Air conditioners work based on the phase conversion principle, when a substance changes its state from liquid to gas and/or vice versa. An AC’s main components are: a coil evaporator, a fluid compressor, and a condenser. These components are connected with refrigerator tubes with a refrigerant circulating them.
The cooling effect occurs when the refrigerant changes its state from liquid to mist. The refrigerant moves to the compressor, which increases the density and temperature of the incoming refrigerant vapor and forces it toward the condenser. There the vapor turns from gas to liquid and travels to an expansion valve, which turns it into a fog-like substance. This process causes the substance to cool down. Now that the refrigerant’s temperature has dropped, it is forced into the evaporator coil. A fan located behind it forces air through the coil and into the building.
What is a central air conditioner?
A central air conditioner is a centralized system intended for regulating temperature and humidity levels in an entire building. It consists of a cooling unit (featuring the components mentioned in the previous paragraph) and a condenser. The latter is usually fixed outside. These two are connected by refrigerant lines. This kind of air conditioner requires an extensive ductwork to provide stable and efficient air circulation throughout the house.
Well, what’s good about central ACs?
First, they are powerful enough to evenly and effectively cool down an entire house.
Second, they provide decent air circulation and leave zero chance for ‘hot spots’.
Central ACs require professional installation. However, once installed, they remain functional for a long time and require but simple technical maintenance. That’s three.
Finally, effective circulation frees air from allergens and other toxic substances. This makes them a greater option for people dealing with asthma and other respiratory/pulmonary disorders.
What are the cons, if any?
The biggest one is the price ranging between $5,000 and $7,000, plus installation price, which could have bought you a window AC.
Second, they are used in multi-story buildings and spacious privately owned residences. Buildings erected prior to the advent of air conditioning do not have the right infrastructure to handle a central AC.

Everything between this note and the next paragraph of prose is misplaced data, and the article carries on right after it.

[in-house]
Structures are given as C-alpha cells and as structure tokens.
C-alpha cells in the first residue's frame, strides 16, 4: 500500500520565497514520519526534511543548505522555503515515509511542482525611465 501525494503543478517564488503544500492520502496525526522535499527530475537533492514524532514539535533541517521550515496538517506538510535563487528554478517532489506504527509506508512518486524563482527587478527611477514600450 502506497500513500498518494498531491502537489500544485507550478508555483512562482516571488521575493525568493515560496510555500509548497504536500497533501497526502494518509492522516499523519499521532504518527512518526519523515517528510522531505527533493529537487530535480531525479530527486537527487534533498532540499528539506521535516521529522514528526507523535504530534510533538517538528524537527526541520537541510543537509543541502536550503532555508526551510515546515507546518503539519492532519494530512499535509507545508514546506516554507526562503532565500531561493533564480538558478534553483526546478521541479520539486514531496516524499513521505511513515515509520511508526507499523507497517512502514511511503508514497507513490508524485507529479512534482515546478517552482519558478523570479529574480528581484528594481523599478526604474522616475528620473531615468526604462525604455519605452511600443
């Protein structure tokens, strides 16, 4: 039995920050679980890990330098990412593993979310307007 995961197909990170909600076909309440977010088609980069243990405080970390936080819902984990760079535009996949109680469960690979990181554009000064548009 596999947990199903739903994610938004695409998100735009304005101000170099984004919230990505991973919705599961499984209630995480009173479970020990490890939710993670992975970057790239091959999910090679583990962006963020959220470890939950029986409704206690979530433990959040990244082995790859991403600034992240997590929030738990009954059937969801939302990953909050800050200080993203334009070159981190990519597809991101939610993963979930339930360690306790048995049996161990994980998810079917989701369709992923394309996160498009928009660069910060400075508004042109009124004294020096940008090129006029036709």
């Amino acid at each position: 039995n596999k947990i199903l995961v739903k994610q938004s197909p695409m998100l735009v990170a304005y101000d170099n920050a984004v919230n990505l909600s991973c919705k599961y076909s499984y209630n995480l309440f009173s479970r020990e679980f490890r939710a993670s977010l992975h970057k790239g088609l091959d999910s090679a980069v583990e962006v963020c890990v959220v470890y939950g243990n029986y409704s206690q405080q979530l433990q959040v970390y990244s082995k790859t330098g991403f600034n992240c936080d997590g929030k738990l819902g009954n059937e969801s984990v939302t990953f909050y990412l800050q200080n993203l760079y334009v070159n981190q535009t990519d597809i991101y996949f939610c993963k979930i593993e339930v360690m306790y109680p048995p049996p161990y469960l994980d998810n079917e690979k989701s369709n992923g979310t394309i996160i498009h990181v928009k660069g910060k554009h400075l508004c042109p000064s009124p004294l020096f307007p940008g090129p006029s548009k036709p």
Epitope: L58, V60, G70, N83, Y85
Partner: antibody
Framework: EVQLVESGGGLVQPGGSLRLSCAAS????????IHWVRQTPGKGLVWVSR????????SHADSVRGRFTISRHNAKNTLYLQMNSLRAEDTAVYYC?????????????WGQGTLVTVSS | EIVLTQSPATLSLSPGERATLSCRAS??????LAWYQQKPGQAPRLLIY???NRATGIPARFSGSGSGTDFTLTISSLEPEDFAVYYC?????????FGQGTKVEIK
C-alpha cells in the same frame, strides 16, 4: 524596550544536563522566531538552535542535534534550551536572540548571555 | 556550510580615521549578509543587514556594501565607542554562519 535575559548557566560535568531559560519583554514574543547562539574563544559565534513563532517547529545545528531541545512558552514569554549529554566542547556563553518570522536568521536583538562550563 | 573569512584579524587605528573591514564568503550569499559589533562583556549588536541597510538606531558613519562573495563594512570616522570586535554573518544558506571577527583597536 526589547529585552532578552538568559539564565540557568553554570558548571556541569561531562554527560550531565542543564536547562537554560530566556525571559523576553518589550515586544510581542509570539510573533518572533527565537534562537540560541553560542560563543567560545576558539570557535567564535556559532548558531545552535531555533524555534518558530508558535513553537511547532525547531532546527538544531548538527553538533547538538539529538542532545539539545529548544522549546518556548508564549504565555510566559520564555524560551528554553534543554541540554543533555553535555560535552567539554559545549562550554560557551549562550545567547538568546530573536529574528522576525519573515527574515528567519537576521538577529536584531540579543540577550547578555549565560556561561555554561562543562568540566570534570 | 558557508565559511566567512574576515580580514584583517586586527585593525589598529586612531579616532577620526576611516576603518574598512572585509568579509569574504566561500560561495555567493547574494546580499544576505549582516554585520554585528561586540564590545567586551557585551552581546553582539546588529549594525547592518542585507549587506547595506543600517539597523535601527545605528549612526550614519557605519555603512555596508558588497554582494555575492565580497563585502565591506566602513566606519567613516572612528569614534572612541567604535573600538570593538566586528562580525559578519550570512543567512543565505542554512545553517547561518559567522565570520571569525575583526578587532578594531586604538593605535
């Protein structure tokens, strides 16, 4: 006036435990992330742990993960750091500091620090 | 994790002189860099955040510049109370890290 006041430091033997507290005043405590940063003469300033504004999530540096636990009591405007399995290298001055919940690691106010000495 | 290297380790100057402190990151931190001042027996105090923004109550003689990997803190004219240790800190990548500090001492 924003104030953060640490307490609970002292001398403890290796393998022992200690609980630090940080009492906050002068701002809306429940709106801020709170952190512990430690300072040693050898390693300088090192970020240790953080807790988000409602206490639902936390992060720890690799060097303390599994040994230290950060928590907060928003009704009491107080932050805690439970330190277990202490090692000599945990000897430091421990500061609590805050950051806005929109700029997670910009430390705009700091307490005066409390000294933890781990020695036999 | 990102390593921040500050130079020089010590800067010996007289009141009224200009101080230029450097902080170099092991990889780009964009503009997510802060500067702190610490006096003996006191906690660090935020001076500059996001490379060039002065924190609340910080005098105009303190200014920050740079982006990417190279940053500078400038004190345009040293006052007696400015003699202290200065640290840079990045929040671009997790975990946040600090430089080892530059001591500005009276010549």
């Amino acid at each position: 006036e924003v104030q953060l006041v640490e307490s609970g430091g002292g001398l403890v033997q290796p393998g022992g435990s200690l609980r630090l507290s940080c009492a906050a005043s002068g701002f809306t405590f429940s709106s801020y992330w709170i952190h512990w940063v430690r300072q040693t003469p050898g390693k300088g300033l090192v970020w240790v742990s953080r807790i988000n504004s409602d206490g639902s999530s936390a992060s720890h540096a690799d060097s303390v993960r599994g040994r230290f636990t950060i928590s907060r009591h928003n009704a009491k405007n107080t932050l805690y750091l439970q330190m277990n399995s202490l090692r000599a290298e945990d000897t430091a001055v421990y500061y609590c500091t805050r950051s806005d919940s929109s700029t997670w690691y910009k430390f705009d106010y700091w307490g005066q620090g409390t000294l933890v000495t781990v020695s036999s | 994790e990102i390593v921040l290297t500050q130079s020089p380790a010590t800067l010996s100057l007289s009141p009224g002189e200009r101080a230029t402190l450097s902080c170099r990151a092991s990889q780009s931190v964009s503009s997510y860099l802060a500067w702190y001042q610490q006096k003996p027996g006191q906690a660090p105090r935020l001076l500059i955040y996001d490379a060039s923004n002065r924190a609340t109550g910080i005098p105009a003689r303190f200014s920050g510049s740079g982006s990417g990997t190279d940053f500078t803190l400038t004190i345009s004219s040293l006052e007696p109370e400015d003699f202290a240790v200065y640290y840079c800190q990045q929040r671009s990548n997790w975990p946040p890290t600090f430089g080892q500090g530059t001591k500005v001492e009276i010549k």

Third, central air conditioners take up a lot of space.
What is a window air conditioner?
A window AC works on the same principle as a central AC. The only things that make it different are size, capacity, installation/maintenance process and price. This kind of AC is much smaller in size, less powerful, and easier to install. It is not intended for cooling a whole building and has enough capacity to manage a separate room.
What’s good about it?
First, they are compact in size and you can install one without using professional help.
Second, they are much cheaper and therefore generally affordable.
Third, to power a room AC, you can just plug it in a standard socket.
What’s bad about it?
Window ACs may not cool air evenly. In other words, there may be freezing cold a few yards around it and still hot in a remote corner of your room.
Room ACs are weaker in terms of filtration, which is not anywhere near that provided by central ACs. Therefore, a window air conditioner is less of a salvation for an asthma patient.
Which one to choose?
Get the most cost- and energy-efficient thing you can afford. Consider your home/room size, budget, and climate. How hot are summers in your region? How often do you need to run an AC per year?
Alpine Air Heating & Cooling offers air conditioning units that provide utmost home climate control durability, safety and overall performance. We carry air conditioning units that are perfect for your home to keep it cool and comfortable even on the hottest days. All our air conditioners feature state-of-the-art technology providing excellent efficiency, quiet operation and consistent comfort. You can call us anytime at 905 877-2877 or 416 898-2665 to learn more about Alpine Air Heating & Cooling and the services we provide in Milton, Acton, Oakville, Burlington, Mississauga, Georgetown and Brampton.